Friday , 23 August 2019
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UK shipping minister Stephen Ladyman launched the government’s Ports Policy Review (PPR) on 22 May, giving stakeholders until the end of August to respond on a broad range of strategic issues. The government plans to produce a revised policy framework for ports in the first half of 2007.

Policy review for UK ports

The PPR covers ports in England, Wales and Northern Ireland. Among the main themes for consultation are national, regional and local policy; national capacity requirements for different types of cargo; inland and coastal connections; environmental issues; national and international competition; governance and accountability; the role of smaller ports; and planning procedures.

Dr Ladyman said: “International trade in goods accounts for nearly 30% of our GDP, and ports are overwhelmingly the gateways to the global distribution network. They are crucial to our success in a global economy. … [The PPR] should inform, and set the right limits for, future government involvement in what is already a thriving, largely commercial sector.”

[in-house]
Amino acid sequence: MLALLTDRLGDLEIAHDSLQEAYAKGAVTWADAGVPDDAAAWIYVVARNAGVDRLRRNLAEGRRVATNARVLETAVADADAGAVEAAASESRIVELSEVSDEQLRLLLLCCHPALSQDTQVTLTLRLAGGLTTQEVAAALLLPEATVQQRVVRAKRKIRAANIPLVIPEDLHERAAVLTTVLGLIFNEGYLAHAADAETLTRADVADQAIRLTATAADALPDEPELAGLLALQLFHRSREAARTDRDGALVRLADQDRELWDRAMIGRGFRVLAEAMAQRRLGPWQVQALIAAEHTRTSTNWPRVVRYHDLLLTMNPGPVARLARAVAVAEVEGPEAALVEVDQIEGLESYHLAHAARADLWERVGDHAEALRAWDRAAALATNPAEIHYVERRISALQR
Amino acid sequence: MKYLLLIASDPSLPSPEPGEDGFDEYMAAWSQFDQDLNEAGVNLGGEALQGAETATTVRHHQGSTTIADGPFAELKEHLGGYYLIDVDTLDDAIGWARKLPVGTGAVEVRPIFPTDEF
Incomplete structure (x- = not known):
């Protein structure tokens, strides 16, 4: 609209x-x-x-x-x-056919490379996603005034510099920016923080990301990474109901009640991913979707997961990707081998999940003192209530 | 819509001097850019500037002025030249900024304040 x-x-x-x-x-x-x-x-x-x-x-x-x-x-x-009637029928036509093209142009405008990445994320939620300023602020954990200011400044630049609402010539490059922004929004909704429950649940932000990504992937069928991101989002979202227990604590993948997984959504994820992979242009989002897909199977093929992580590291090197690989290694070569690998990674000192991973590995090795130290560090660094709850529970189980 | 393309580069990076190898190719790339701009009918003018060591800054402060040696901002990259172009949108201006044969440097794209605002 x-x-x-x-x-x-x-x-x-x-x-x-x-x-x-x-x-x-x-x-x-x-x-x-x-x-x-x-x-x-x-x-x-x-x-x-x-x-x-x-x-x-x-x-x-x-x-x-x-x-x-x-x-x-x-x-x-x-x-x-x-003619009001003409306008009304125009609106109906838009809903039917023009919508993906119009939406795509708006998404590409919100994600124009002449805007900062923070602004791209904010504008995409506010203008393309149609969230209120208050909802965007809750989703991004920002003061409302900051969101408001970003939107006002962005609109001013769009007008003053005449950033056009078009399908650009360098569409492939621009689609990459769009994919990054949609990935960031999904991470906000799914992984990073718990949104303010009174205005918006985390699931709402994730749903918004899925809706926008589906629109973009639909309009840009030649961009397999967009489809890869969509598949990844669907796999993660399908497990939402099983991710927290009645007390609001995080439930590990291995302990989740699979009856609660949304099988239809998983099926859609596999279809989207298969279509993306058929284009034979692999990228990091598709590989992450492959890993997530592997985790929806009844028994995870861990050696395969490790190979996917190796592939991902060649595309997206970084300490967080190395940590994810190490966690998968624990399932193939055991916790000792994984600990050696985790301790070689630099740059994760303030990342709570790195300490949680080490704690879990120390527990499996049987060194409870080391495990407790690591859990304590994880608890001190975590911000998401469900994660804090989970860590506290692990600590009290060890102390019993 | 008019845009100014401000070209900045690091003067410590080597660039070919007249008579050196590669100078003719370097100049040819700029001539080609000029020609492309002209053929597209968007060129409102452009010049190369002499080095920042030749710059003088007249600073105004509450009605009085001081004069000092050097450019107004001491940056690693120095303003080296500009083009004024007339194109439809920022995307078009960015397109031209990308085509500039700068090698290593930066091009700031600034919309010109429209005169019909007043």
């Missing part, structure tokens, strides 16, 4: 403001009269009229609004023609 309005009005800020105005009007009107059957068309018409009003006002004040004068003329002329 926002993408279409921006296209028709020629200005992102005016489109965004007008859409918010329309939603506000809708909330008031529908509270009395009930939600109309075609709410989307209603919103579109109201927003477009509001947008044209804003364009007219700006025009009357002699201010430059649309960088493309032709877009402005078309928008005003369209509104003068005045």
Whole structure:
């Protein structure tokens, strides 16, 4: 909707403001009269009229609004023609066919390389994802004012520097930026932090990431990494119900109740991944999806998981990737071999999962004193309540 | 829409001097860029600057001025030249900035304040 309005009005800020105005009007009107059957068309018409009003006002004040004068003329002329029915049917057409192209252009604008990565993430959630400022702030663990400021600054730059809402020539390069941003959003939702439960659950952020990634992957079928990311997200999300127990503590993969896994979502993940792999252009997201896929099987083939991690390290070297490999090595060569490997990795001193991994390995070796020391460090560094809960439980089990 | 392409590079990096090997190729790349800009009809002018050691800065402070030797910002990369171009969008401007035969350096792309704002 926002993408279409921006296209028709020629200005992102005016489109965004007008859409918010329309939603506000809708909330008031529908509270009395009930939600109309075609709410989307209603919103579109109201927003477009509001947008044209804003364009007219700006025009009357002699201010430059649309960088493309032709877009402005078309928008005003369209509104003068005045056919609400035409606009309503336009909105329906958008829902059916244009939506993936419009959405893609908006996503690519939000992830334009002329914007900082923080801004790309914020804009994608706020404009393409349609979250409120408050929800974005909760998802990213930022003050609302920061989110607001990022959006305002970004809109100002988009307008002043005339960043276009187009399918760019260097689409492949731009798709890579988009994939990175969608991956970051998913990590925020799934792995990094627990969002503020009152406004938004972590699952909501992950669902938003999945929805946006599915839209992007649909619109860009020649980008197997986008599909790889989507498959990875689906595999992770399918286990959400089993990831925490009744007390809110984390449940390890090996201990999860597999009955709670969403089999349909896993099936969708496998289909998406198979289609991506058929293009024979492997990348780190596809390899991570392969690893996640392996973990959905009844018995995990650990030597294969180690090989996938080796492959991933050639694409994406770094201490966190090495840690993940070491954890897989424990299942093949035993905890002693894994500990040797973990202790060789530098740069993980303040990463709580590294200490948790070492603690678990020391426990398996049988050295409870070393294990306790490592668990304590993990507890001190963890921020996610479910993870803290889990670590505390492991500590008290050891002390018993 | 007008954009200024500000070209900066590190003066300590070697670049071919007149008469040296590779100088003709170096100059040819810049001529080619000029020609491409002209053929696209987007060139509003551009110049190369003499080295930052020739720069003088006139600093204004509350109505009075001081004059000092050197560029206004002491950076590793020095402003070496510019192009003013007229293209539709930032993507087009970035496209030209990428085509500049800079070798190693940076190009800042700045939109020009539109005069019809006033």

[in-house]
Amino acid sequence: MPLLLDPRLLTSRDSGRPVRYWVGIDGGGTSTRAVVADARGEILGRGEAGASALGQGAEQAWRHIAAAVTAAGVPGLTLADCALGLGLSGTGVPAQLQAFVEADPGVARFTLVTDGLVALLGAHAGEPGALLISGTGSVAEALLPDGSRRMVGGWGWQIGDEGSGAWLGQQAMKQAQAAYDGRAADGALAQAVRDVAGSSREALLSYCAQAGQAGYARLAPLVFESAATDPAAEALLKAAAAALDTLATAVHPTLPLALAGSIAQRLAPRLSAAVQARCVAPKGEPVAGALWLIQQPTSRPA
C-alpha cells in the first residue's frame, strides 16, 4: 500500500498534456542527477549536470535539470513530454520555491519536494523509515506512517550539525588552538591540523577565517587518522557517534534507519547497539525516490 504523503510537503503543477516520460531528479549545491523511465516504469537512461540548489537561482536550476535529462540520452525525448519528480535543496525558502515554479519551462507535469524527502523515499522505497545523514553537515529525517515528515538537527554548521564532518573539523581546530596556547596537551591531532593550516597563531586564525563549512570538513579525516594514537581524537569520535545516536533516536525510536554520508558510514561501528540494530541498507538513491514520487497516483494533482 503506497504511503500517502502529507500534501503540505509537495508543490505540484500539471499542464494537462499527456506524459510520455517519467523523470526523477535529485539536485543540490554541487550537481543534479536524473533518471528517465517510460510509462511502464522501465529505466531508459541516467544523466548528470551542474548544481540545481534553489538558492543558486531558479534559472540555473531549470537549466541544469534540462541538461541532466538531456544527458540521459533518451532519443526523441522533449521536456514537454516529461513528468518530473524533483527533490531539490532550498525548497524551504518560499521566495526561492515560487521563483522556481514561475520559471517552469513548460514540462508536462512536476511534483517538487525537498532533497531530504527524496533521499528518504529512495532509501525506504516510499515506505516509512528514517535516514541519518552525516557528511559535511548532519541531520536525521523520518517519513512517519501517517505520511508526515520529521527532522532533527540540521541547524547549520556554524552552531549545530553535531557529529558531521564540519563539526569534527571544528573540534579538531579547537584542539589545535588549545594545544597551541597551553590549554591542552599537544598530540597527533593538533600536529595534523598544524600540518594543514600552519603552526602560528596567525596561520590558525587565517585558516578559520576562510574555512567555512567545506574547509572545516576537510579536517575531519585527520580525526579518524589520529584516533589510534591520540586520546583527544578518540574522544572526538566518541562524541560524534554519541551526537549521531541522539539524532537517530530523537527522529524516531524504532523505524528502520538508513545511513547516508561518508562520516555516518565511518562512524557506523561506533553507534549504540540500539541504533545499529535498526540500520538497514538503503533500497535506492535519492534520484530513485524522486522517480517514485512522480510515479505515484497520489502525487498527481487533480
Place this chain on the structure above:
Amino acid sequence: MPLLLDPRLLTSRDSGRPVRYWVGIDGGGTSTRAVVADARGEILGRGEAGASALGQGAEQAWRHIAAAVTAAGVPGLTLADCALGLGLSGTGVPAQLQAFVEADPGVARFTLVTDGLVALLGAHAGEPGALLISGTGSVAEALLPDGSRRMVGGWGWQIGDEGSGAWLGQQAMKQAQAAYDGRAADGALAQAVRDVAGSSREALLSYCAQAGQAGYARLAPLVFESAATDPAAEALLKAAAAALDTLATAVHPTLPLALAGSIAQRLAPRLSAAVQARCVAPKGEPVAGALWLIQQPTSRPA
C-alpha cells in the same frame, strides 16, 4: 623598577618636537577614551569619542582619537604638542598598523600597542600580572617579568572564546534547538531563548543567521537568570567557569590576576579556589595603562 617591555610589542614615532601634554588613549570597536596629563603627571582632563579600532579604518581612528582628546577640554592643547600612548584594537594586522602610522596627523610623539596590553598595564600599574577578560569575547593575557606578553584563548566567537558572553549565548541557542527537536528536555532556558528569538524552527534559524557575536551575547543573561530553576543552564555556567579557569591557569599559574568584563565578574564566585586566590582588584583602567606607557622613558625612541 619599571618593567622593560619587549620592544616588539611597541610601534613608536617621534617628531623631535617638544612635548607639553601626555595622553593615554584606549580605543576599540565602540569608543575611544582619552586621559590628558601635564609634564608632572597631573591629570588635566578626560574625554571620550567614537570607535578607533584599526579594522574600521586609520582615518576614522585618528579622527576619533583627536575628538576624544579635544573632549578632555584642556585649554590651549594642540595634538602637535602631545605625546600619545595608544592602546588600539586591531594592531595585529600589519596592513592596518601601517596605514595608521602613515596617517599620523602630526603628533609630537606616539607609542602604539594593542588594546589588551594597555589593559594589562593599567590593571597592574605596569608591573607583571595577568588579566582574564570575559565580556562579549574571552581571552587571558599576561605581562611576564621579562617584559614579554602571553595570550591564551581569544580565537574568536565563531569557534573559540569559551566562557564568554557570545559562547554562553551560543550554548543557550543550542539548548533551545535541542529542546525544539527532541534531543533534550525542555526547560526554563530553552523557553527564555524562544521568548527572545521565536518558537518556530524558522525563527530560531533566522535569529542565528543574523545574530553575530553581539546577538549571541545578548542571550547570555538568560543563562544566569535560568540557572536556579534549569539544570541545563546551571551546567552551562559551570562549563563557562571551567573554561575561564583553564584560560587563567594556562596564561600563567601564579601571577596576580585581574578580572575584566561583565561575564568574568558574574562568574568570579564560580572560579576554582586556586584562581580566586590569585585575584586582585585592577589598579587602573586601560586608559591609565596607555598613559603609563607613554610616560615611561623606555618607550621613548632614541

The review comes at a significant time for the UK ports industry, with its biggest single operator, Associated British Ports, the target of a £2.4bn (US$4bn) takeover bid by a consortium led by US investment bank Goldman Sachs.

The minister also announced the outcome of a review of the management of ports in local authority ownership. There are 65 municipal ports in England and Wales, which between them handle 14 per cent of total traffic. The review’s main recommendation was that local authorities should consider setting up municipal harbour management committees, including external stakeholders with relevant expertise.